MEMOIRS OP JOSEPH GKQtALDI.
messenger informed him that two gentlemen "were waiting to see
Mm at the stage-door. Afraid of keeping the stage waiting, he
enjoined the messenger to tell the gentlemen that he was
engaged at that moment, hut that he would come down to them
directly he left the stage. The play was "A Bold Stroke for a
"Wife :" Miss Mellon was Anne; Bannister, Feignwell; Aitkin,
Simon Pure ; and Grimaldi, Aminadah.
As soon as he could get away from the stage, he hurried down
stairs, and inquiring who wanted him, was introduced to two
strangers, who were patiently awaiting his arrival. They were
young men of gentlemanly appearance, and upon hearing the
words, "Here's Mr. Grimaldi—who wants him?" one of them
turned hastily round, and warmly accosted him.
He looked about his own age, and had evidently been accus-
tomed to a much warmer climate than that of England. He
wore the fashionable evening-dress of the day—that is to say, a
blue body-coat with gilt buttons, a -white waistcoat, and tight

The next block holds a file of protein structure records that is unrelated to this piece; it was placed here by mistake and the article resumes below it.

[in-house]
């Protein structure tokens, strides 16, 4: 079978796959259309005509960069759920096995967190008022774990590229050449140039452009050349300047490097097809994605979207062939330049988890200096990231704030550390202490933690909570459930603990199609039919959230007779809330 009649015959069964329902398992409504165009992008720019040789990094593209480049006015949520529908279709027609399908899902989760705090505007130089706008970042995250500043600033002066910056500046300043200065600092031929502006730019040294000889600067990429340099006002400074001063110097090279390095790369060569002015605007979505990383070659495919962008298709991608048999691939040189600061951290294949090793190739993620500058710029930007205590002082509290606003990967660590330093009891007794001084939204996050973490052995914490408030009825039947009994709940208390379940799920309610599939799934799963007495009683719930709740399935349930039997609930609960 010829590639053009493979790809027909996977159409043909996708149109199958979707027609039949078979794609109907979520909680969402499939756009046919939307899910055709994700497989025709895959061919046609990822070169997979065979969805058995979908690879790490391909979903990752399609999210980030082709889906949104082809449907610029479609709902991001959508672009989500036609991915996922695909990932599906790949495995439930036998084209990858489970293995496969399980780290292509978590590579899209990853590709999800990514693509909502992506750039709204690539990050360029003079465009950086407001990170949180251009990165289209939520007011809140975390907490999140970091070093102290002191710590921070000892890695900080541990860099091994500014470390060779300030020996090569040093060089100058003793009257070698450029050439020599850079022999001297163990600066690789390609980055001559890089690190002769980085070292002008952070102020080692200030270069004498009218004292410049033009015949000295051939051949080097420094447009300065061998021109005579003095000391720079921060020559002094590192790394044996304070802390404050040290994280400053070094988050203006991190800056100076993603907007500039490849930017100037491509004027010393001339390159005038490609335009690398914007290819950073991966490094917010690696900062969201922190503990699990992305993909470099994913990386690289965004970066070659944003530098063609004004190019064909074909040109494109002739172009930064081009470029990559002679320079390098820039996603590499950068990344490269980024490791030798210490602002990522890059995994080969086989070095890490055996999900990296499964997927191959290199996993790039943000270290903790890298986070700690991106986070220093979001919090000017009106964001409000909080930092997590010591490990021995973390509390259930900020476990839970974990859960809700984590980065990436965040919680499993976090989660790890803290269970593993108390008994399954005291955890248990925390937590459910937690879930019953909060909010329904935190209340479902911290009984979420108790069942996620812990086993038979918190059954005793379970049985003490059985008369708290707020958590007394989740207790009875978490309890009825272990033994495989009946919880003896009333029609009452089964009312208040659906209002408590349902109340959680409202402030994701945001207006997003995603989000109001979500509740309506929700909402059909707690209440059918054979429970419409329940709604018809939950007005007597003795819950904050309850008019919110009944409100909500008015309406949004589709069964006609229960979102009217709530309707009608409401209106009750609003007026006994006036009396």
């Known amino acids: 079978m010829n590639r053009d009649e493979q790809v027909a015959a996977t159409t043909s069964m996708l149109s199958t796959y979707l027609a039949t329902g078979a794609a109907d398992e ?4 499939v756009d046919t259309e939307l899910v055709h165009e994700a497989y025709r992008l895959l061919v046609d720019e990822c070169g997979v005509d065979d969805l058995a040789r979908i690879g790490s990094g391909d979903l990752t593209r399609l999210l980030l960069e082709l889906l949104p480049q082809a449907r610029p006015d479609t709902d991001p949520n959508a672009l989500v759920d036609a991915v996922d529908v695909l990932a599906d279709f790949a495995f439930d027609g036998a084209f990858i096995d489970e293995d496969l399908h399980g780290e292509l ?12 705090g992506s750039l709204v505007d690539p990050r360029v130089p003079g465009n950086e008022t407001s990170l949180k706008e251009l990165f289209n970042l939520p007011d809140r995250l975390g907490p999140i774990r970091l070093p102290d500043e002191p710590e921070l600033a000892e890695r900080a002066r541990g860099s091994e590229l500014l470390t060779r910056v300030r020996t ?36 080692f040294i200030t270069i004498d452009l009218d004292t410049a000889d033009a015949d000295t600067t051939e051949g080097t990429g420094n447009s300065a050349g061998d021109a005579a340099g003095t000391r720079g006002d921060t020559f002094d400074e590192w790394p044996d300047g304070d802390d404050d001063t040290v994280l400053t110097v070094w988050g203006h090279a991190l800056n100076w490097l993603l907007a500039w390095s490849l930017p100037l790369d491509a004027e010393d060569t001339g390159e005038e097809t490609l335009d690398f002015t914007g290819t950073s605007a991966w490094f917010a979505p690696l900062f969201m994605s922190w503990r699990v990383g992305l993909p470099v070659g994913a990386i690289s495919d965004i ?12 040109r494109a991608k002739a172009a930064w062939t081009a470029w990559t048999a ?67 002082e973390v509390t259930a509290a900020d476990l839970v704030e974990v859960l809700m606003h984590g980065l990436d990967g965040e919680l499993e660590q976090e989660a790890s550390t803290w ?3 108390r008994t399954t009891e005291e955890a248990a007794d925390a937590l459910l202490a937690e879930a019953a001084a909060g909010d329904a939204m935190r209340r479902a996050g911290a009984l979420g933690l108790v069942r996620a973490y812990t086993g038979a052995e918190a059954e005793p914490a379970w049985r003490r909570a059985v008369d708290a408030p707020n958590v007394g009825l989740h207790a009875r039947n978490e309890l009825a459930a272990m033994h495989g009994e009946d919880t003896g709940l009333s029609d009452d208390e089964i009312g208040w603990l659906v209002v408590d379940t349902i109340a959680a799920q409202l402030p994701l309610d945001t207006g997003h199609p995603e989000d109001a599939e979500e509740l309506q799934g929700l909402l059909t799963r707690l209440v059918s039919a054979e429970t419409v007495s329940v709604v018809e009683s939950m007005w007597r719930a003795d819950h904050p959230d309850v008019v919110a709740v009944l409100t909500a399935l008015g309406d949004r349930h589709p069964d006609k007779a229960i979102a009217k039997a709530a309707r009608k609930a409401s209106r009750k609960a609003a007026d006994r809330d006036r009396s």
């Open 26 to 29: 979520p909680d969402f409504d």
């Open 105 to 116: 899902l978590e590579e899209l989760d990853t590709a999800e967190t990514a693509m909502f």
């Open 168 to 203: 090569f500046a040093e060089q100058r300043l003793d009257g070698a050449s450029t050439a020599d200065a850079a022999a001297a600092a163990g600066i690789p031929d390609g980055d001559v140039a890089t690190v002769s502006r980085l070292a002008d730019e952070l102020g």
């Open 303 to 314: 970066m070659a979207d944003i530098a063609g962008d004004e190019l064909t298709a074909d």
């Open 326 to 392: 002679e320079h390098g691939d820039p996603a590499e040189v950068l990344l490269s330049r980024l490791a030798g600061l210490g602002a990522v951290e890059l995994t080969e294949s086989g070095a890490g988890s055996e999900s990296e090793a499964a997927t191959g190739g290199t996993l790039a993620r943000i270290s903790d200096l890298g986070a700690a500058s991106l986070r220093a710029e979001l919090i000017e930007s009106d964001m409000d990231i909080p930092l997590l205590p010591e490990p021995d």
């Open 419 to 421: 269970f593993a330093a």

pantaloons—and carried in Ms hand a small gold-headed
" Joe, my lad!" exclaimed this person, holding out Ms hand,
in some agitation, " how goes it with you now, old fellow ?"
He was not a little surprised at tMs familiar address from a
person whom he was not conscious of ever having seen in his
life, and, after a moment's pause, replied that he really had not
the pleasure of the stranger's acquaintance.
" Not the pleasure of my acquaintance!" repeated the
stranger, with a loud laugh. " Well, Joe, that seems funny,
anyhow!" He appealed to Ms companion, who concurred in the
opinion, and they both laughed heartily. TMs was all very
funny to the strangers, but not at all so to Grrimaldi : he had a
vague idea that they were rather laughing at than with him,
and as much offended as surprised, was turning away, when the
person who had spoken first said, in rather a tremulous voice,
" Joe, don't you know me now r"as then the man; seeing the water, off he bolted, and they to a man followed